Did you know? 75% of Americans say their company retirement plan is their ONLY source of invested savings.
While offering a 401(k) confirms your commitment to your employees, supports recruiting and retention, and comes with a number of significant tax benefits, the retirement plan landscape can be quite daunting. There are various stakeholders, a menu of plan options, and a number of administrative and fiduciary responsibilities to bear. However, once you understand how the ecosystem operates, choosing a retirement plan and putting it in place can become quite simple. Especially if you have the right partner by your side. Let’s take a look around.
Recordkeeper – Tracks individual account contributions and returns; website where employees log in and engage
Third-Party Administrator – Manages most of the plan activities such as compliance testing
Custodian (Plan Trustee) – Holds retirement plan assets and moves payroll deductions from the employers’ bank to the participants’ individual accounts
Investment Manager – Selects and monitors plan investments and partners with the plan sponsor to support plan success
Selecting the right partners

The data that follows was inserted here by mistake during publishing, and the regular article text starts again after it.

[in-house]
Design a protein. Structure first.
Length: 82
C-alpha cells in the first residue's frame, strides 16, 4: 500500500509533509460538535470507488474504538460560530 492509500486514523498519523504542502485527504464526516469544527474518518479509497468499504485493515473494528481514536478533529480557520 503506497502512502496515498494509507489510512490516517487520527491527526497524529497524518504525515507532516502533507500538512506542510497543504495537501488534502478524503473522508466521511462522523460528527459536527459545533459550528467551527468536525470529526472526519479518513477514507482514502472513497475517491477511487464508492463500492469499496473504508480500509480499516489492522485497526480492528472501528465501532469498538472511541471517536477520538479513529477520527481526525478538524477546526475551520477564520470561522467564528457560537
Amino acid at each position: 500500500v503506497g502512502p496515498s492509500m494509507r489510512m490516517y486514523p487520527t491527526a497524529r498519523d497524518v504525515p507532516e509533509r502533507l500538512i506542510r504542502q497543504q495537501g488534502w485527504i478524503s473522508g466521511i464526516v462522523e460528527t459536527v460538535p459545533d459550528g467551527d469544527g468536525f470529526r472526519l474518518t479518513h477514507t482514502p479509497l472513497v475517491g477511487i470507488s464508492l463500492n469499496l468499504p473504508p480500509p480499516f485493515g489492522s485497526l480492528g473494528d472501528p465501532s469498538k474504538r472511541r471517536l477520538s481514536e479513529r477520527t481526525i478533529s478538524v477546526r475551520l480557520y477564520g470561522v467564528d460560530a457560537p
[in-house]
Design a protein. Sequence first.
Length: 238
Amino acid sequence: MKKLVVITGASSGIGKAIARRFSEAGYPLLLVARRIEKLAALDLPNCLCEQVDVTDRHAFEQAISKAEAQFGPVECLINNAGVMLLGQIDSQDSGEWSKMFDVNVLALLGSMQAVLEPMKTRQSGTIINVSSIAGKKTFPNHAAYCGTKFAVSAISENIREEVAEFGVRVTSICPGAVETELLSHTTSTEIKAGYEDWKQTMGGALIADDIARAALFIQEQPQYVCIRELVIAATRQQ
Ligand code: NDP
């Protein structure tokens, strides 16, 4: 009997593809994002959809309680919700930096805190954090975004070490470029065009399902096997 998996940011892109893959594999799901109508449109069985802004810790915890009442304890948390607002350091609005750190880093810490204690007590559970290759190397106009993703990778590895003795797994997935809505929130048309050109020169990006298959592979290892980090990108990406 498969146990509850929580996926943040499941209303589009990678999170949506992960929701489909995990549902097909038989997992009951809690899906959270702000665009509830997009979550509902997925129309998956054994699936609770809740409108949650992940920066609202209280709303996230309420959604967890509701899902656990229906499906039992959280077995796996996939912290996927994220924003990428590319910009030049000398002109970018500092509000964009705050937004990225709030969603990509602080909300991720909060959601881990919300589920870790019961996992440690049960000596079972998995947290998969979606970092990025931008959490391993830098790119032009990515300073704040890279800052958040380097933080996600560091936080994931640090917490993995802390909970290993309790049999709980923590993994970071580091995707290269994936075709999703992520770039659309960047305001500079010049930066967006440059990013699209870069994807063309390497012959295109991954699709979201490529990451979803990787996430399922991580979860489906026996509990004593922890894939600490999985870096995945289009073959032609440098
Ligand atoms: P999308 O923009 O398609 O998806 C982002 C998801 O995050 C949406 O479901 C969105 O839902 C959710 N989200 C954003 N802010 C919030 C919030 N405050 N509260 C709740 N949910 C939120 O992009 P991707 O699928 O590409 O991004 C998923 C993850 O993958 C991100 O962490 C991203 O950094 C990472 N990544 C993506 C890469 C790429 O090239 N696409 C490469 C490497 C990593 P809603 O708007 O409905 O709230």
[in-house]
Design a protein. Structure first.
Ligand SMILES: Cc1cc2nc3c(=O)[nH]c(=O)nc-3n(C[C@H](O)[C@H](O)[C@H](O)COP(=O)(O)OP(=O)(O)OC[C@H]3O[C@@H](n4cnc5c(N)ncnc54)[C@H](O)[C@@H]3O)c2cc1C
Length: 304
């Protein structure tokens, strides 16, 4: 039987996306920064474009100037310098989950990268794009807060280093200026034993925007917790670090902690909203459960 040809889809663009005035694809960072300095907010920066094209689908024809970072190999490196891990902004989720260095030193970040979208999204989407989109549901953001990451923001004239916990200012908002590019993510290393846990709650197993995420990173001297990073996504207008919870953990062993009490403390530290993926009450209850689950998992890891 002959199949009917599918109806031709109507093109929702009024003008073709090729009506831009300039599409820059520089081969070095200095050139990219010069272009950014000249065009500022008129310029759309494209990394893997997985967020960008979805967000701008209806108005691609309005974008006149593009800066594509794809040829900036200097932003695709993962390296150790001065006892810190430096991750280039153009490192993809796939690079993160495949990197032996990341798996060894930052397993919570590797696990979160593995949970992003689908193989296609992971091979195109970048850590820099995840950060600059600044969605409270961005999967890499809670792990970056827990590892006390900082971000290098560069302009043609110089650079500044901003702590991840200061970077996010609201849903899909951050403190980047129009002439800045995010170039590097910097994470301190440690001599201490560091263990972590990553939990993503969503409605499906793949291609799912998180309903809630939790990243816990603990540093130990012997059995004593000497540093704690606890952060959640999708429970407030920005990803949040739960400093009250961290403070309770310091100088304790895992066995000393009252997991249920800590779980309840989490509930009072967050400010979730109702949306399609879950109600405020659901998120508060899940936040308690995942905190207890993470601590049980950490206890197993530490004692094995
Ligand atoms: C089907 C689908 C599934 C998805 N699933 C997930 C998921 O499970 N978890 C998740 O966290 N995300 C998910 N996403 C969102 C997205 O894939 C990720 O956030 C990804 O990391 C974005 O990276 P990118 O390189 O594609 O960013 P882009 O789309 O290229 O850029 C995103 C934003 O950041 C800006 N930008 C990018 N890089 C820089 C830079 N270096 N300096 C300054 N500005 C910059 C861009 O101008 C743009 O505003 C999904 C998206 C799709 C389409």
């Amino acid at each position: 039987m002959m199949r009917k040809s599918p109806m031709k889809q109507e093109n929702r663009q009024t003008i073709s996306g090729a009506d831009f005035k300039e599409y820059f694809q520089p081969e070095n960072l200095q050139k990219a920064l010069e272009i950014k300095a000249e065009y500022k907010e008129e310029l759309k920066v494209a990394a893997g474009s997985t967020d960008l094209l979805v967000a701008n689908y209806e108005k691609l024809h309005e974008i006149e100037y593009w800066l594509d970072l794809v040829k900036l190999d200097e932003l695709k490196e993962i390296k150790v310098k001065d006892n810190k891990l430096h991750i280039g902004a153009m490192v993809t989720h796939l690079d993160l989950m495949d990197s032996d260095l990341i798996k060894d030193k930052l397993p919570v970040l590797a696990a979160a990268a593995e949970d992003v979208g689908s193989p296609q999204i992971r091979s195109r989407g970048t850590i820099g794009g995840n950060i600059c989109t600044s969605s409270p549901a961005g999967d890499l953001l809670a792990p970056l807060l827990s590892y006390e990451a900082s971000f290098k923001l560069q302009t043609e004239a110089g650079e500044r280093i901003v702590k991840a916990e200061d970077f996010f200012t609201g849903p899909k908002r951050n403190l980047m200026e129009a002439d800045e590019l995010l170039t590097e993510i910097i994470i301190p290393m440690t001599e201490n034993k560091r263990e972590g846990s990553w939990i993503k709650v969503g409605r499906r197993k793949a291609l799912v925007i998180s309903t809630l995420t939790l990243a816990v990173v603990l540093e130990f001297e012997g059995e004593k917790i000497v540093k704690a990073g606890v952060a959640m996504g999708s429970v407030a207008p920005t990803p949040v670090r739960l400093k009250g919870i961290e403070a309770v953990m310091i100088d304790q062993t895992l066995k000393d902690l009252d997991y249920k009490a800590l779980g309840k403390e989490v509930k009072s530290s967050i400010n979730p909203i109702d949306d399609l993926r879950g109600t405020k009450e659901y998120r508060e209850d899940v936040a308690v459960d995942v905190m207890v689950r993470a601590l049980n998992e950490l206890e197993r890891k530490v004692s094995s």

While we’ve outlined some of the players, please note that unless you want to keep compliance functions separate from administration (aka an “unbundled” plan), most recordkeepers offer a fully “bundled” solution. This means the recordkeeper will provide the compliance function for your retirement plan, as well as the custodian services. Selecting an investment manager is optional, but if you don’t have one, be sure your recordkeeper has in-house plan design services.
Selecting the right partner is critical to the success of your plan. In particular, be sure to evaluate their commitment to compliance and security, as well as uncover all aspects of their fees.
- Compliance – While you will always have a fiduciary obligation to your company, you can offload a lot of fiduciary oversight to the right partner. Ensure you’re working with a provider who is proactively monitoring your plan and complying with legal and regulatory requirements.